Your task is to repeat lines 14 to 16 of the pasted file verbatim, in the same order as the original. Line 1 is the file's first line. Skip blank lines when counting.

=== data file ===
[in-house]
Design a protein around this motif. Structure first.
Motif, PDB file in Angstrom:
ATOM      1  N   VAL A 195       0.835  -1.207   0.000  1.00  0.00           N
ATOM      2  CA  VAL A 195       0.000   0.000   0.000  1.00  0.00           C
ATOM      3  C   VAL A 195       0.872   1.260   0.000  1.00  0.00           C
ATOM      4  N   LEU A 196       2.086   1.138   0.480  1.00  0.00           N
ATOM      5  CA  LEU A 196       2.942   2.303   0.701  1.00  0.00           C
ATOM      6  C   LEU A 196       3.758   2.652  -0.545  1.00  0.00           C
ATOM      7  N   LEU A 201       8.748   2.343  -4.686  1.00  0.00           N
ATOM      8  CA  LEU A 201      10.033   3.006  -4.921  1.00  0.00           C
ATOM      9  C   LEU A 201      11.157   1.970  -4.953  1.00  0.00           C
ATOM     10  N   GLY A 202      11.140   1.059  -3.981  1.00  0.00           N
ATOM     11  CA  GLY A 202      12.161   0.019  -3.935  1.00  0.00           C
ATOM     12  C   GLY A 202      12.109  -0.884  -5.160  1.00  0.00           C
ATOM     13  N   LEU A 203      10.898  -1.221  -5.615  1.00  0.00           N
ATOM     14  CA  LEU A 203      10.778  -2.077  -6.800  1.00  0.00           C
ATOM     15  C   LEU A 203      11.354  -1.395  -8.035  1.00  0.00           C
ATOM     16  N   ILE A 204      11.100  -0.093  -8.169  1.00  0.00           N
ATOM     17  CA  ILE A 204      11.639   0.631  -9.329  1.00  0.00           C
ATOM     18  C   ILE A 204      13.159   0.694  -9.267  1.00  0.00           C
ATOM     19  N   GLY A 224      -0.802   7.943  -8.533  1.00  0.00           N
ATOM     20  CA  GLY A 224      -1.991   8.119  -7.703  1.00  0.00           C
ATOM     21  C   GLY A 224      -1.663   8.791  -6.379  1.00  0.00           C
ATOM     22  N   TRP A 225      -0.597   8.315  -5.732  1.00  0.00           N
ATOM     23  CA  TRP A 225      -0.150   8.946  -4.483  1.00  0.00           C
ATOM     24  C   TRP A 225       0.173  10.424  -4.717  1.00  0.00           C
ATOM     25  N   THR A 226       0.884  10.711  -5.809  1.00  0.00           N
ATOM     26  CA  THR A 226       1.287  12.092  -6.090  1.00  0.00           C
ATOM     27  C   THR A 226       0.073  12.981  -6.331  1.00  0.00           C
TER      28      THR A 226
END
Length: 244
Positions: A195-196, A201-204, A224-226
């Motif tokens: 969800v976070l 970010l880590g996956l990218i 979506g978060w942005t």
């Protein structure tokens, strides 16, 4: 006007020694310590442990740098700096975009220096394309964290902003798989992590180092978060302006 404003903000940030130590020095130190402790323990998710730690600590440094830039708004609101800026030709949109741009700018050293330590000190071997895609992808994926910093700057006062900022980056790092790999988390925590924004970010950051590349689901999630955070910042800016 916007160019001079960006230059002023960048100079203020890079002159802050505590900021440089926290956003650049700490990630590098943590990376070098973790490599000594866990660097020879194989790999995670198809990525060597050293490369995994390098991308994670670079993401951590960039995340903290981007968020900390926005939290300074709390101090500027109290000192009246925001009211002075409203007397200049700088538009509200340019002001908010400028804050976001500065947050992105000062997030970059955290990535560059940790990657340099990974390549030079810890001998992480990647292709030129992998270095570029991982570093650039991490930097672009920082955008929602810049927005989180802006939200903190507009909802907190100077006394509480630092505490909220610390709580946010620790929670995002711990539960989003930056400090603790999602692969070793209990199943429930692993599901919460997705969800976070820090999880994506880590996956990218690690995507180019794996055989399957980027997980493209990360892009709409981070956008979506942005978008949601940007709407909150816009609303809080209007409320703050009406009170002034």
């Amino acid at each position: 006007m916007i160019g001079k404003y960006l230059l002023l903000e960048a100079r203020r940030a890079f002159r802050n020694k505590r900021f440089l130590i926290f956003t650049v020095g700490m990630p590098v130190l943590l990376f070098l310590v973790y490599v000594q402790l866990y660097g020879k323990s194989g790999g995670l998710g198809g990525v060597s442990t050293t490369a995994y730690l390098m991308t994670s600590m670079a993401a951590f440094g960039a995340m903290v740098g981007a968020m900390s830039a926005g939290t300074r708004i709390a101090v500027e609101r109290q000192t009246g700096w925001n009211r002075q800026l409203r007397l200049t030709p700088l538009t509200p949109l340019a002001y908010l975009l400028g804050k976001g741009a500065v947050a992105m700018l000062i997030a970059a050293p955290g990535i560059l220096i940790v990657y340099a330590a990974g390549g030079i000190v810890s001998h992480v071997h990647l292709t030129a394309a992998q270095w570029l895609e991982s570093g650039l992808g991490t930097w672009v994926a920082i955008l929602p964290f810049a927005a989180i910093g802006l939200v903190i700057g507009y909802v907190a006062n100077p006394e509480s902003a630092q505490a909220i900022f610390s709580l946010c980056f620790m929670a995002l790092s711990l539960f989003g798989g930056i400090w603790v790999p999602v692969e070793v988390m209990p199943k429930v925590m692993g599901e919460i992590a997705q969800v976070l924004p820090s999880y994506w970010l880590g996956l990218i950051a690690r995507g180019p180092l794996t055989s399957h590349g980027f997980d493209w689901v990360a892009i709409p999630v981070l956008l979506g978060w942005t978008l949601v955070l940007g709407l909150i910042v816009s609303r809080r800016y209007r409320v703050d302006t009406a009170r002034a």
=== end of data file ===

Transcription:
ATOM     11  CA  GLY A 202      12.161   0.019  -3.935  1.00  0.00           C
ATOM     12  C   GLY A 202      12.109  -0.884  -5.160  1.00  0.00           C
ATOM     13  N   LEU A 203      10.898  -1.221  -5.615  1.00  0.00           N